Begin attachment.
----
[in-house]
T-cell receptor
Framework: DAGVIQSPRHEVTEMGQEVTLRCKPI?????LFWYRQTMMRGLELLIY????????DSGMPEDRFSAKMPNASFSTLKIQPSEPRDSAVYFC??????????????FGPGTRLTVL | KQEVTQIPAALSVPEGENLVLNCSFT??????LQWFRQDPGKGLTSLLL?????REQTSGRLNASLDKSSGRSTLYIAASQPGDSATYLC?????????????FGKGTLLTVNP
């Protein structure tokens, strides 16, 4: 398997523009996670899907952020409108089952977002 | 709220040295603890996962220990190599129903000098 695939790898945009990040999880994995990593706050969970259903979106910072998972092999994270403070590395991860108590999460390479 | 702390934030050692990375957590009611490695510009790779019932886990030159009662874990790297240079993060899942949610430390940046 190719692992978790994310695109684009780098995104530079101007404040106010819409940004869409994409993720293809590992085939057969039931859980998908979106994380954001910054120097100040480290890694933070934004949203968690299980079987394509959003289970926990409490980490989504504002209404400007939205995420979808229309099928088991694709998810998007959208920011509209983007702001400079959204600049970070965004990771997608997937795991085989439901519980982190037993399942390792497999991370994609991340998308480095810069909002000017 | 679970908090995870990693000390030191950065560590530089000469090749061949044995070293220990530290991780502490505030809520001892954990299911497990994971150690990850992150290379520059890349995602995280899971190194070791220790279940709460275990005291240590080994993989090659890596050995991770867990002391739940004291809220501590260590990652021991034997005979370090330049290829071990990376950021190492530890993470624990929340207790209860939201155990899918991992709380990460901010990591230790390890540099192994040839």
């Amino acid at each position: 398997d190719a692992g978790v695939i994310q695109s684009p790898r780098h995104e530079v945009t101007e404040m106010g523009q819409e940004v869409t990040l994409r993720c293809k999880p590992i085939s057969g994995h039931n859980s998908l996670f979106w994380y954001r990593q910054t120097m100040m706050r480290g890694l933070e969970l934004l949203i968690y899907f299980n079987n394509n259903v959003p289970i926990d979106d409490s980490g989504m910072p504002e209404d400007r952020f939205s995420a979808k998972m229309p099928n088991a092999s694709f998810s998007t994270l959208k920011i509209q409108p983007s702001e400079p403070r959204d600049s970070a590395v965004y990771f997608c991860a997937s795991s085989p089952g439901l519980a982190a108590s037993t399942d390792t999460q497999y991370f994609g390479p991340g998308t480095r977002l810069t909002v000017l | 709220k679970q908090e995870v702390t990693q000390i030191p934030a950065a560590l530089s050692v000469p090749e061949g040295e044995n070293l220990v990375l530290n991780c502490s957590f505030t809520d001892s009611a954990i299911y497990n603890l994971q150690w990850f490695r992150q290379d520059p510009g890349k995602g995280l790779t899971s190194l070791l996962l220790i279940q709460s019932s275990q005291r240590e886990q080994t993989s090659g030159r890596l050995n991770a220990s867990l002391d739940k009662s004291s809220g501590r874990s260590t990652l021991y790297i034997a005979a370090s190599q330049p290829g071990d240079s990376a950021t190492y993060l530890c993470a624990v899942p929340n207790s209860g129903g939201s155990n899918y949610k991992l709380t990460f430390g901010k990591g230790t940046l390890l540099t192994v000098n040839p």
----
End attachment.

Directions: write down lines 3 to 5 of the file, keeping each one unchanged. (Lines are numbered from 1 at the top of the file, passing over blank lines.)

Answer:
Framework: DAGVIQSPRHEVTEMGQEVTLRCKPI?????LFWYRQTMMRGLELLIY????????DSGMPEDRFSAKMPNASFSTLKIQPSEPRDSAVYFC??????????????FGPGTRLTVL | KQEVTQIPAALSVPEGENLVLNCSFT??????LQWFRQDPGKGLTSLLL?????REQTSGRLNASLDKSSGRSTLYIAASQPGDSATYLC?????????????FGKGTLLTVNP
């Protein structure tokens, strides 16, 4: 398997523009996670899907952020409108089952977002 | 709220040295603890996962220990190599129903000098 695939790898945009990040999880994995990593706050969970259903979106910072998972092999994270403070590395991860108590999460390479 | 702390934030050692990375957590009611490695510009790779019932886990030159009662874990790297240079993060899942949610430390940046 190719692992978790994310695109684009780098995104530079101007404040106010819409940004869409994409993720293809590992085939057969039931859980998908979106994380954001910054120097100040480290890694933070934004949203968690299980079987394509959003289970926990409490980490989504504002209404400007939205995420979808229309099928088991694709998810998007959208920011509209983007702001400079959204600049970070965004990771997608997937795991085989439901519980982190037993399942390792497999991370994609991340998308480095810069909002000017 | 679970908090995870990693000390030191950065560590530089000469090749061949044995070293220990530290991780502490505030809520001892954990299911497990994971150690990850992150290379520059890349995602995280899971190194070791220790279940709460275990005291240590080994993989090659890596050995991770867990002391739940004291809220501590260590990652021991034997005979370090330049290829071990990376950021190492530890993470624990929340207790209860939201155990899918991992709380990460901010990591230790390890540099192994040839």
């Amino acid at each position: 398997d190719a692992g978790v695939i994310q695109s684009p790898r780098h995104e530079v945009t101007e404040m106010g523009q819409e940004v869409t990040l994409r993720c293809k999880p590992i085939s057969g994995h039931n859980s998908l996670f979106w994380y954001r990593q910054t120097m100040m706050r480290g890694l933070e969970l934004l949203i968690y899907f299980n079987n394509n259903v959003p289970i926990d979106d409490s980490g989504m910072p504002e209404d400007r952020f939205s995420a979808k998972m229309p099928n088991a092999s694709f998810s998007t994270l959208k920011i509209q409108p983007s702001e400079p403070r959204d600049s970070a590395v965004y990771f997608c991860a997937s795991s085989p089952g439901l519980a982190a108590s037993t399942d390792t999460q497999y991370f994609g390479p991340g998308t480095r977002l810069t909002v000017l | 709220k679970q908090e995870v702390t990693q000390i030191p934030a950065a560590l530089s050692v000469p090749e061949g040295e044995n070293l220990v990375l530290n991780c502490s957590f505030t809520d001892s009611a954990i299911y497990n603890l994971q150690w990850f490695r992150q290379d520059p510009g890349k995602g995280l790779t899971s190194l070791l996962l220790i279940q709460s019932s275990q005291r240590e886990q080994t993989s090659g030159r890596l050995n991770a220990s867990l002391d739940k009662s004291s809220g501590r874990s260590t990652l021991y790297i034997a005979a370090s190599q330049p290829g071990d240079s990376a950021t190492y993060l530890c993470a624990v899942p929340n207790s209860g129903g939201s155990n899918y949610k991992l709380t990460f430390g901010k990591g230790t940046l390890l540099t192994v000098n040839p």